A new report from UC Berkeley’s Othering and Belonging Institute shows the connection between exclusive single-family zoning and racial segregation. The City of San Jose has the opportunity to expand housing choice in the 4-year General Plan Review going on now, by expanding residential zoning to allow duplexes, triplexes, and fourplexes. Mathew Reed, Policy Manager with SV@Home, said of this Opportunity Housing, “Nobody is forcing anybody to convert their home into anything they don’t want it to be converted into,” he said. “There’s no mandate that neighborhoods convert to all apartments.” The Opportunity Housing proposal would help San Jose take advantage of underutilized land by adding moderate density throughout various neighborhoods.
BY: Leonardo Castañeda ┃Bay Area News Group
PUBLISHED: August 21, 2020 9:50 am
With California cities under mounting pressure to boost housing density, a new report suggests that coveted single-family neighborhoods may be a key driver of racial segregation in the Bay Area.
The University of California, Berkeley’s Othering & Belonging Institute found that single-family zoning typically leads to more expensive homes, while costs are lower in denser communities, locking out many middle and low-income families. That, in turn, helps exclude many residents of color with less wealth, creating more racially segregated neighborhoods, said Stephen Menendian, the report’s co-author.
“It separates people from life-enhancing resources — from jobs, from good schools, from infrastructure and transit, from neighborhood amenities, and parks and safety,” he said.
The report comes as state legislators debate multiple bills that would make it easier to build denser and more affordable housing to alleviate California’s housing crisis, including one that would speed up the process of turning single-family homes into duplexes and another that would allow up to four-units on some lots now zoned for a single home. Meanwhile, city officials from Marin to Lafayette to San Jose are facing often contentious debates about efforts to add more homes in their cities.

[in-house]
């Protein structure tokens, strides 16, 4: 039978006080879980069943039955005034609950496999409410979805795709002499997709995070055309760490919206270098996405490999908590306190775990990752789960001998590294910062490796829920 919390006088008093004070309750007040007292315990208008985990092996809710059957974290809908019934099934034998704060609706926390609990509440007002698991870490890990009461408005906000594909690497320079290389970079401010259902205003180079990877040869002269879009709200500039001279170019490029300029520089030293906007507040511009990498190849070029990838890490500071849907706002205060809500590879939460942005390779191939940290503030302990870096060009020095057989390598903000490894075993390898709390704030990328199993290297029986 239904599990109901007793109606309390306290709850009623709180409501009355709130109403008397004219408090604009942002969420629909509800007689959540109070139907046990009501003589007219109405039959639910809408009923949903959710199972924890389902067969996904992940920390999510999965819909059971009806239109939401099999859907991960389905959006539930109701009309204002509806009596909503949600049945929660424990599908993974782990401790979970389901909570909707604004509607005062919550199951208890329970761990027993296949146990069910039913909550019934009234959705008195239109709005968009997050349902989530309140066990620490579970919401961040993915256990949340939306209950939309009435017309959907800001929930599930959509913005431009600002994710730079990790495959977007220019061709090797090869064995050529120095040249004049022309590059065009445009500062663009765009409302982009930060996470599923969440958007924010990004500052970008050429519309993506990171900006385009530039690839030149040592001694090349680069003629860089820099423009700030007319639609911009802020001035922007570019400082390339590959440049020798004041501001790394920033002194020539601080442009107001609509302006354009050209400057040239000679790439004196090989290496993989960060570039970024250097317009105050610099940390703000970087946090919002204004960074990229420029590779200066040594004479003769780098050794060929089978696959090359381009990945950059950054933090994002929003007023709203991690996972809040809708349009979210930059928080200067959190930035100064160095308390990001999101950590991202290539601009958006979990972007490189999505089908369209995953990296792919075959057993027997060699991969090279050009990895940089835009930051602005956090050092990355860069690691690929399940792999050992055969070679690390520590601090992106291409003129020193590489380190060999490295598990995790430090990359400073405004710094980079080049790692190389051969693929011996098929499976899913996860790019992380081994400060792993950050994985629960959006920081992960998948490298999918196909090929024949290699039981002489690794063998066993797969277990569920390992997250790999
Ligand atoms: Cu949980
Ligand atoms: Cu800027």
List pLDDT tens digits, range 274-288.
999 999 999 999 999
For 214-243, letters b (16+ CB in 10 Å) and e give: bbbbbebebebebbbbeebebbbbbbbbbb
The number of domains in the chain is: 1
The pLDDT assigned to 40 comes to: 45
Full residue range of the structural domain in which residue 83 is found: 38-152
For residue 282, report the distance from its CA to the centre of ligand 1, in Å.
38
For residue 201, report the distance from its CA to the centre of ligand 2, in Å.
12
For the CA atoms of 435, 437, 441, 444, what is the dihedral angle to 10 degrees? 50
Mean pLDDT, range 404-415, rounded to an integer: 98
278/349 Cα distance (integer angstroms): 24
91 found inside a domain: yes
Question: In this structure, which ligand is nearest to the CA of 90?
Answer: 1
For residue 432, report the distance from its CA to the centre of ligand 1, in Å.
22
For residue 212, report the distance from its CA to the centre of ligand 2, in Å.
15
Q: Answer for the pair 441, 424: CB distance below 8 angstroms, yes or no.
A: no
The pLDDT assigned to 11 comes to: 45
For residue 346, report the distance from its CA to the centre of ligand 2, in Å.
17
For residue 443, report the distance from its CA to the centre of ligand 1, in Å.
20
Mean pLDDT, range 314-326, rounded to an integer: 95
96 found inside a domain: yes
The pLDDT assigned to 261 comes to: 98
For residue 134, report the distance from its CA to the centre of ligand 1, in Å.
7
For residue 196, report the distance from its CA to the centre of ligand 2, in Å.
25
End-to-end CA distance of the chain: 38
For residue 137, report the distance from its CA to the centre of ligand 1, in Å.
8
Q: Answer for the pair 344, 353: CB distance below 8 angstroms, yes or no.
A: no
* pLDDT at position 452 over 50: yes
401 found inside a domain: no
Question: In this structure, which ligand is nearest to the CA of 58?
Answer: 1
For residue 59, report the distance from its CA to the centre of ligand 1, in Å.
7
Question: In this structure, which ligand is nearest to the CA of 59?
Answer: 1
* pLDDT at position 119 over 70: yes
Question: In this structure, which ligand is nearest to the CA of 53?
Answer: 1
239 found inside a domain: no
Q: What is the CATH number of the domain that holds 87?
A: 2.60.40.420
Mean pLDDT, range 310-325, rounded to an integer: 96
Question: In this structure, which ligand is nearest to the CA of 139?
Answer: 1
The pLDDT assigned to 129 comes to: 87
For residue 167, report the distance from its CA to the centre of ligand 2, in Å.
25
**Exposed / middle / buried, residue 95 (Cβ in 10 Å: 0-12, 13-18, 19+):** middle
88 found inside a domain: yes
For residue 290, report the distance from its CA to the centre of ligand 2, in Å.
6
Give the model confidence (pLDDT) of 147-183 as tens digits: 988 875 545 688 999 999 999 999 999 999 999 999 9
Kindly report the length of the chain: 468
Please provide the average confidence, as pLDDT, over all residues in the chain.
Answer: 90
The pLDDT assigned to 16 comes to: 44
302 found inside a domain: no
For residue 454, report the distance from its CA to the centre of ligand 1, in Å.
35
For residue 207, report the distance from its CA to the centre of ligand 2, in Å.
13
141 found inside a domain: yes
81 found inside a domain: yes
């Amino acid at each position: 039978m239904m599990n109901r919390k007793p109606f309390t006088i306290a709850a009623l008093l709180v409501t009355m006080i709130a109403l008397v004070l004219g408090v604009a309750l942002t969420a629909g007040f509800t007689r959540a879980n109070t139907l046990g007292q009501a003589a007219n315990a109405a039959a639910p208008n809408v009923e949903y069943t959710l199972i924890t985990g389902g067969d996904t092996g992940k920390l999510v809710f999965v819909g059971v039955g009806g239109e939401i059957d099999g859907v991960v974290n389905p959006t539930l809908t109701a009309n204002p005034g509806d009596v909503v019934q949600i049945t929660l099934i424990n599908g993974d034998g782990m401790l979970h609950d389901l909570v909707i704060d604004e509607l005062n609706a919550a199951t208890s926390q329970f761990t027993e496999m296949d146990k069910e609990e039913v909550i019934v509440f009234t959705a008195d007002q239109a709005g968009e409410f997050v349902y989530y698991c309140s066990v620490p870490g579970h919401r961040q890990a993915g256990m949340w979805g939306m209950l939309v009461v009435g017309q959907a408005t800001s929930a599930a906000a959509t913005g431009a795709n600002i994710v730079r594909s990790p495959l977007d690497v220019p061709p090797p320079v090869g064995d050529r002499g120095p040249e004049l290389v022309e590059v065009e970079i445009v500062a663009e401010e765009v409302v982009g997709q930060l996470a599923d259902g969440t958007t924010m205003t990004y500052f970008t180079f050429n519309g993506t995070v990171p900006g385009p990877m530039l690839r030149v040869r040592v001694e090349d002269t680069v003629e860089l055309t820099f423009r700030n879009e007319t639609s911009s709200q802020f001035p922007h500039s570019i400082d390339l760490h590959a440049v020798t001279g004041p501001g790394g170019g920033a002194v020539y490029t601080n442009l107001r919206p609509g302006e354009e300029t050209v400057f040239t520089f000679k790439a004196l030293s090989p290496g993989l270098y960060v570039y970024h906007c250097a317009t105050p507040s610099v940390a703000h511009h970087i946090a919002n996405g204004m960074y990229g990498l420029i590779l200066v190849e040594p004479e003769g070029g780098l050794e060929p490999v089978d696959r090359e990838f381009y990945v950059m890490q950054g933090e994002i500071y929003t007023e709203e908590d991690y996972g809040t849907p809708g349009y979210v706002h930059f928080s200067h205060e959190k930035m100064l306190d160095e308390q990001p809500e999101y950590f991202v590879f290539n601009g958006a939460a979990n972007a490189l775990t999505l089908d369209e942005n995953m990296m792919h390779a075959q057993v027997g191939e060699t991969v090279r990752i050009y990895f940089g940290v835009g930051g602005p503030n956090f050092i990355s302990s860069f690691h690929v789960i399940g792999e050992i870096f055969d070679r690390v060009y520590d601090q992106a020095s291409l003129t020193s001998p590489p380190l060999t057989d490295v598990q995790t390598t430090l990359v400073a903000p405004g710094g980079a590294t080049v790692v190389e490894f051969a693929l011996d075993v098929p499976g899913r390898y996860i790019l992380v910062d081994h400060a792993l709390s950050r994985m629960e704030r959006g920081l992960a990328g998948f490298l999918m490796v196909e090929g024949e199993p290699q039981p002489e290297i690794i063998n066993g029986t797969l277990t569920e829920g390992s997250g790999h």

The new data, which Menendian says is the most detailed analysis ever complied of the region’s housing, found that 83 percent of the five-county Bay Area’s residential land is zoned for single-family housing. Piedmont, Lafayette, Hillsborough, Los Altos and Cupertino are among the cities where between 91 percent and 100 percent of residential land is limited to one home per parcel. Those cities also tend to be wealthier and more racially homogenous — the share of white residents in Piedmont is more than twice as high as in Alameda County overall. Cupertino has nearly double the share of Asian American residents as Santa Clara County, said the report, which noted that the trends also hold true in cities with Asian majorities.
Even in Berkeley, which along with Emeryville is one of just two cities where less than half the residential land is single-family, standalone homes were concentrated in the wealthier, whiter northern part of the city, the report said. San Francisco is 51 percent single-family, with many of its denser buildings in the Mission and Richmond districts. And San Jose is 84 percent single-family, with much of the city’s denser housing in Japantown and downtown. A New York Times analysis last year put the amount of San Jose’s residential land zoned for single-family housing at 94 percent.
In Oakland, where 64 percent of residential land is zoned single-family, denser housing is located in heavily Black and Latinx communities in east and west Oakland, while the whiter Oakland Hills are predominantly single-family homes.